Probability is about what could happen versus what should happen. Could there be an unexpectedly high Republican turnout in the suburbs of Philadelphia that hands Pennsylvania to Mitt Romney? Absolutely. Could Ohio independents and undecideds break as a bloc for Romney on Election Day and deprive the president of those 18 precious electoral votes? Sure. Could the Romney ground game be superior in Iowa, springing a Hawkeye State surprise that puts Mitt over the top? No question. The Green Bay Packers and New York Giants had no business winning the last two Super Bowls. They barely even made the playoffs at all. The St. Louis Cardinals and San Francisco Giants were long shots to win the last two World Series. Oddsmakers said none of those teams was likely to win - but they all did. So saying President Obama will probably win is not saying that Mitt Romney definitely won't. But the preponderance of the available information tells me the president should win.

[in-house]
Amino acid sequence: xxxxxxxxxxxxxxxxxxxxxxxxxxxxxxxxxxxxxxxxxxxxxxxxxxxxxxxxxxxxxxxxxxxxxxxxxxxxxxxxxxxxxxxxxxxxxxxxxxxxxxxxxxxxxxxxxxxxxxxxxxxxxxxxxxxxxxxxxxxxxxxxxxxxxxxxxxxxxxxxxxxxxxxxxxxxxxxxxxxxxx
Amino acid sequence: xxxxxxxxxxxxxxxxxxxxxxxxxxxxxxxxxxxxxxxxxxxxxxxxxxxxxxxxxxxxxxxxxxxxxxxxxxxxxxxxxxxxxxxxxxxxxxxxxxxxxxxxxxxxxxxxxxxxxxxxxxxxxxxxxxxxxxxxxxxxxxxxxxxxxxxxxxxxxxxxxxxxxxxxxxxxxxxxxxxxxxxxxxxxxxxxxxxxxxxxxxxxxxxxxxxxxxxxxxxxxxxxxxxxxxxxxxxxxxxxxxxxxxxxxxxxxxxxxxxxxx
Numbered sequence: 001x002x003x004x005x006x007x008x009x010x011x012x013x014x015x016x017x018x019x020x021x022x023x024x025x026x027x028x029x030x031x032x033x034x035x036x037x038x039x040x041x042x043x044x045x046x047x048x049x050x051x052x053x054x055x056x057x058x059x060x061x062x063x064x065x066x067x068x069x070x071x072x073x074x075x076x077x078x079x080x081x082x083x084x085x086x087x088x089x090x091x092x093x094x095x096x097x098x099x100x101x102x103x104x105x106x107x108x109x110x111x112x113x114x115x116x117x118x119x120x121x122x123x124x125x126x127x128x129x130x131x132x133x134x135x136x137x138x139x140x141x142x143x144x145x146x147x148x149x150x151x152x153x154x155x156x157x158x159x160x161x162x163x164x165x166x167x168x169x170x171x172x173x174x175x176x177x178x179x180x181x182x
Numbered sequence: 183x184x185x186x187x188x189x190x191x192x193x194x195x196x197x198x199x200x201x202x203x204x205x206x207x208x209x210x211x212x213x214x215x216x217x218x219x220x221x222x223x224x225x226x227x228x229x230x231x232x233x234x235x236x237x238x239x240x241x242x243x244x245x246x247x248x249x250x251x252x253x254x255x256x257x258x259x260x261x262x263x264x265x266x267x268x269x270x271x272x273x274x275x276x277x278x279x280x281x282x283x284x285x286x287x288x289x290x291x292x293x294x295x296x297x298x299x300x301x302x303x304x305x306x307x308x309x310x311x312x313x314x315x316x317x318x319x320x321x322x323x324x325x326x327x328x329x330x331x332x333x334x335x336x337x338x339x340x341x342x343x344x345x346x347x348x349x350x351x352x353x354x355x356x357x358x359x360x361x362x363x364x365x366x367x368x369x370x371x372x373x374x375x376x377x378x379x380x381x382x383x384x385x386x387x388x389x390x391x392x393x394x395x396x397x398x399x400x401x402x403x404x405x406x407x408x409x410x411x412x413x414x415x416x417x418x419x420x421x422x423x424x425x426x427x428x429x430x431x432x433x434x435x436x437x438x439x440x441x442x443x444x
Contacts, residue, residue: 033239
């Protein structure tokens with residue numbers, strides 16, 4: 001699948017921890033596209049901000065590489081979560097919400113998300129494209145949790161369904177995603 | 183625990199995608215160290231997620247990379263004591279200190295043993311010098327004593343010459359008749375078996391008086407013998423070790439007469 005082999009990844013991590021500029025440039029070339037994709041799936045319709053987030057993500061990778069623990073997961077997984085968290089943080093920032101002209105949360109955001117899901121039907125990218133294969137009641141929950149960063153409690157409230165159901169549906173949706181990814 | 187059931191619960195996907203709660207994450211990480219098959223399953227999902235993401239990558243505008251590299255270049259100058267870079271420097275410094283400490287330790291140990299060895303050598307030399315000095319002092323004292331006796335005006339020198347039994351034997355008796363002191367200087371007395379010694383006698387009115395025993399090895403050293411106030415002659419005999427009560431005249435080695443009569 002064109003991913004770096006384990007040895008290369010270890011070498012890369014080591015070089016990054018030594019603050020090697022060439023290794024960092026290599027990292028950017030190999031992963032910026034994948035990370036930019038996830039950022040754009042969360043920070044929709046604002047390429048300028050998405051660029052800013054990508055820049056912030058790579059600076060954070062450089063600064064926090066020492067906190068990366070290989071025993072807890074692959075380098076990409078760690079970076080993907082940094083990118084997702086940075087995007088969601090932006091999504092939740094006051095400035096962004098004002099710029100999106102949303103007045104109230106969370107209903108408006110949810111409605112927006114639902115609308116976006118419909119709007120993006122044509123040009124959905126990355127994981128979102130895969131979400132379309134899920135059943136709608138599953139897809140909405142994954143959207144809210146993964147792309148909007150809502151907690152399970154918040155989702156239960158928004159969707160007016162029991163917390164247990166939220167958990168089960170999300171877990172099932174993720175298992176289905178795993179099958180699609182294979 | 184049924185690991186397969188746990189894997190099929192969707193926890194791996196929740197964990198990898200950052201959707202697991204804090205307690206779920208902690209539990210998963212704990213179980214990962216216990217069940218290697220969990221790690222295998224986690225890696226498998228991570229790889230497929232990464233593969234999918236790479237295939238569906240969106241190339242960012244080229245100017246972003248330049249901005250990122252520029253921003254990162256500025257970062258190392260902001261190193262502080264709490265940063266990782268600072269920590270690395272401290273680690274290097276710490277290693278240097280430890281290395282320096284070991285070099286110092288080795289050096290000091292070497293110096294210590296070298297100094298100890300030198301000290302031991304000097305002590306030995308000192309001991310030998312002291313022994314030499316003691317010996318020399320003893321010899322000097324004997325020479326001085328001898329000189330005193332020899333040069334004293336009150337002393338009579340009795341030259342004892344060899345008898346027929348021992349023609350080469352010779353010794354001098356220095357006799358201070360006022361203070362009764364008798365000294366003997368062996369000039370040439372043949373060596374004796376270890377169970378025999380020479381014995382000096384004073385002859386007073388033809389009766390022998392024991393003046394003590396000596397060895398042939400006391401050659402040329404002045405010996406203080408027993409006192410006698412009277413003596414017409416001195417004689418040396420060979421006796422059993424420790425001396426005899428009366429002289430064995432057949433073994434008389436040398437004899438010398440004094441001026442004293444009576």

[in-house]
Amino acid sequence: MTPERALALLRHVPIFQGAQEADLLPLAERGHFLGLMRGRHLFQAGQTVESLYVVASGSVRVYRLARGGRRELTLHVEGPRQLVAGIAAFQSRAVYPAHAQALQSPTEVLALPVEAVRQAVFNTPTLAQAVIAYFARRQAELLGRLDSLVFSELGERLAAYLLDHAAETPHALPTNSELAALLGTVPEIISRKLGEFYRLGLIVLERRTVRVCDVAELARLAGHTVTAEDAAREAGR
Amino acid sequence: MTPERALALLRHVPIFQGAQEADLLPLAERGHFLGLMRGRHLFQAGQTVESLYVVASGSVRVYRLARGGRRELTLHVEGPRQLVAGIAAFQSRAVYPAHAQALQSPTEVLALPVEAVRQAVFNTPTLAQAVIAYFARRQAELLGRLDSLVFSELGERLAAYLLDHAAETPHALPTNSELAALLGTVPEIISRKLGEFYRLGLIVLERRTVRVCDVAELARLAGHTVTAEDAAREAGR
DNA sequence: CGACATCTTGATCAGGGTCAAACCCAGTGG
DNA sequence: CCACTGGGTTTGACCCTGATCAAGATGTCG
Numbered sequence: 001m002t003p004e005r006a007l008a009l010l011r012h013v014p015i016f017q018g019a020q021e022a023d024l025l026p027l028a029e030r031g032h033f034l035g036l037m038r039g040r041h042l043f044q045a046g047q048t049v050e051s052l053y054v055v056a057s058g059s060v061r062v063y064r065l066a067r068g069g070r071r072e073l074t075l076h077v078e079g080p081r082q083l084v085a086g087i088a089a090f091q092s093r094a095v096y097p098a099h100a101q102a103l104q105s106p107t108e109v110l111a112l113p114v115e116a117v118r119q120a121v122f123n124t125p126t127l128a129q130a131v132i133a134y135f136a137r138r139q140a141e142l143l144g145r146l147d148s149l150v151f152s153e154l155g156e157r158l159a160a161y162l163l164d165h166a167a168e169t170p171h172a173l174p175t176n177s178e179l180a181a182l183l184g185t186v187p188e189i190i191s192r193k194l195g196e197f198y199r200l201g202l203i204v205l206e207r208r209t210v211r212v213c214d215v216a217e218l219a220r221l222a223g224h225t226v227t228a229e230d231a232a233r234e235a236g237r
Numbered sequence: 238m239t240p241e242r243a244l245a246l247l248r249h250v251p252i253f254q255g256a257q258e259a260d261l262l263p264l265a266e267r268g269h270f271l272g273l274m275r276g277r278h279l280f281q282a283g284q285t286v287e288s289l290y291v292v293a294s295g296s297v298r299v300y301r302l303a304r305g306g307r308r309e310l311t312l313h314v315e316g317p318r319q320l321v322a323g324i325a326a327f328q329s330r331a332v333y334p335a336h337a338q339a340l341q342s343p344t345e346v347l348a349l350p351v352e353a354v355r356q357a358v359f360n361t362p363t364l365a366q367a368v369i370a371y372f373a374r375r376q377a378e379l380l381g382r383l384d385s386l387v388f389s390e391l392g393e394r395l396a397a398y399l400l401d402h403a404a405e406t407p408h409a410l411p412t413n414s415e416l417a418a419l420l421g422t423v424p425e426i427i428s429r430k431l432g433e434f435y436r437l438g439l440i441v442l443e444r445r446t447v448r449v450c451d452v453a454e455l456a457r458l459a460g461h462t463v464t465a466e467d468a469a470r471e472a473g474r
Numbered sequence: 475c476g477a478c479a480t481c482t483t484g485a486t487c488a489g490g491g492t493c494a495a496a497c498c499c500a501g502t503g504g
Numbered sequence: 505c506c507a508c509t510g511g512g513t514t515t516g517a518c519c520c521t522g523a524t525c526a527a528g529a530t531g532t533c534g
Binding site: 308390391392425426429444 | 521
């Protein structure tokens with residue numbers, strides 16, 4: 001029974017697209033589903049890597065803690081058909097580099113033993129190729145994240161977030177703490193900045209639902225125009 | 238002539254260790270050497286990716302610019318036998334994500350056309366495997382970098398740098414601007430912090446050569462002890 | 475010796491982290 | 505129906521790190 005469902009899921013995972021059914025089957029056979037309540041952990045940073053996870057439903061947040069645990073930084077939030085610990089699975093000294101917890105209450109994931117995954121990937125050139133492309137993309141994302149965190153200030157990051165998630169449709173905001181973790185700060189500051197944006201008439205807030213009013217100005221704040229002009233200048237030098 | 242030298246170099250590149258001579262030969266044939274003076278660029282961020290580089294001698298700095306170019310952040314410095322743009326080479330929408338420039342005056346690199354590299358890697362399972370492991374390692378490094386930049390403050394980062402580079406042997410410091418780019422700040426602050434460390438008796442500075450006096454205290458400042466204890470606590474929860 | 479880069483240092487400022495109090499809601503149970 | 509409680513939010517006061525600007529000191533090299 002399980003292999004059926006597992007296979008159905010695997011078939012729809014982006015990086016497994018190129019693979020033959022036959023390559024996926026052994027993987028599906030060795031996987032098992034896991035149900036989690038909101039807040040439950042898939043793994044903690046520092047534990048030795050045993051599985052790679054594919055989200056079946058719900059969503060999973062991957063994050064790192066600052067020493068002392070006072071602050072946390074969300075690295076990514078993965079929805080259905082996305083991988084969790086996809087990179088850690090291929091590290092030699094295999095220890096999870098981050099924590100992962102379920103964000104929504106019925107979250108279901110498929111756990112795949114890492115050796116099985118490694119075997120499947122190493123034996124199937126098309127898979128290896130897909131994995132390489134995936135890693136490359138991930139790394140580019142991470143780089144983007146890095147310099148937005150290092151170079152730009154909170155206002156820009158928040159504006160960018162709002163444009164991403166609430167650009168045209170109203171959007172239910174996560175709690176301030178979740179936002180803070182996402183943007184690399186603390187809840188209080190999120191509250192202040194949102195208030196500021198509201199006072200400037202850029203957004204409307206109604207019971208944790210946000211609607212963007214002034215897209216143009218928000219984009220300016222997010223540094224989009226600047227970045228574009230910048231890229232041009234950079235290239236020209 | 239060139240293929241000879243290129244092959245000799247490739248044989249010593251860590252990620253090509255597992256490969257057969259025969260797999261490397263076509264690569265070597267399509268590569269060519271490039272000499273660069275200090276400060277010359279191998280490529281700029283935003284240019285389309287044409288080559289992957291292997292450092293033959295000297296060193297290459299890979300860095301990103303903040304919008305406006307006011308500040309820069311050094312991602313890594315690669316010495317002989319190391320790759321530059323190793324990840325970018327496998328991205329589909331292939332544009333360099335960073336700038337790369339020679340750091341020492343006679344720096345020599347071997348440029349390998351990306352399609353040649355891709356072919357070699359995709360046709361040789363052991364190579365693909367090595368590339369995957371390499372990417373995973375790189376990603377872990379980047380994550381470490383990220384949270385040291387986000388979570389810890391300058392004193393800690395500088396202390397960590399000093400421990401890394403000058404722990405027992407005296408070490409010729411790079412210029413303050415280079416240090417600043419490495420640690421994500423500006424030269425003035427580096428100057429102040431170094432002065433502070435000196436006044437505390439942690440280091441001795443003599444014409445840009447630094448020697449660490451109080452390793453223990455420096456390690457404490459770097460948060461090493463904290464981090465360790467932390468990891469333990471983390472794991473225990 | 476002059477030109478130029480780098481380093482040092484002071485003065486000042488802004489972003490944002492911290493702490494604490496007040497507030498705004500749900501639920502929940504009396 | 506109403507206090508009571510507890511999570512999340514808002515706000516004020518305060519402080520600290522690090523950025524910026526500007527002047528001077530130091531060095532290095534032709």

Now I don't base my predictions solely on polling and other empirical data. I've traveled to a dozen states this campaign cycle, including the critical swing states of New Hampshire, Nevada, Florida and North Carolina. I interview voters, cover campaign events, talk with the candidates. I meet with local pollsters and pundits, quiz the undecided and try to get a sense of the public mood. Then I combine my own reporting with all those numbers on my computer, add a dash of gut hunch, and spit out a prediction. It's not entirely scientific, but it almost always works.
(I will also add that although I covered him in person many, many times, George W. Bush is the only president, or major presidential candidate, since 1976 that I have never actually "met" or interviewed. Maybe that lack of contact was the missing ingredient that led me astray in predicting his two elections).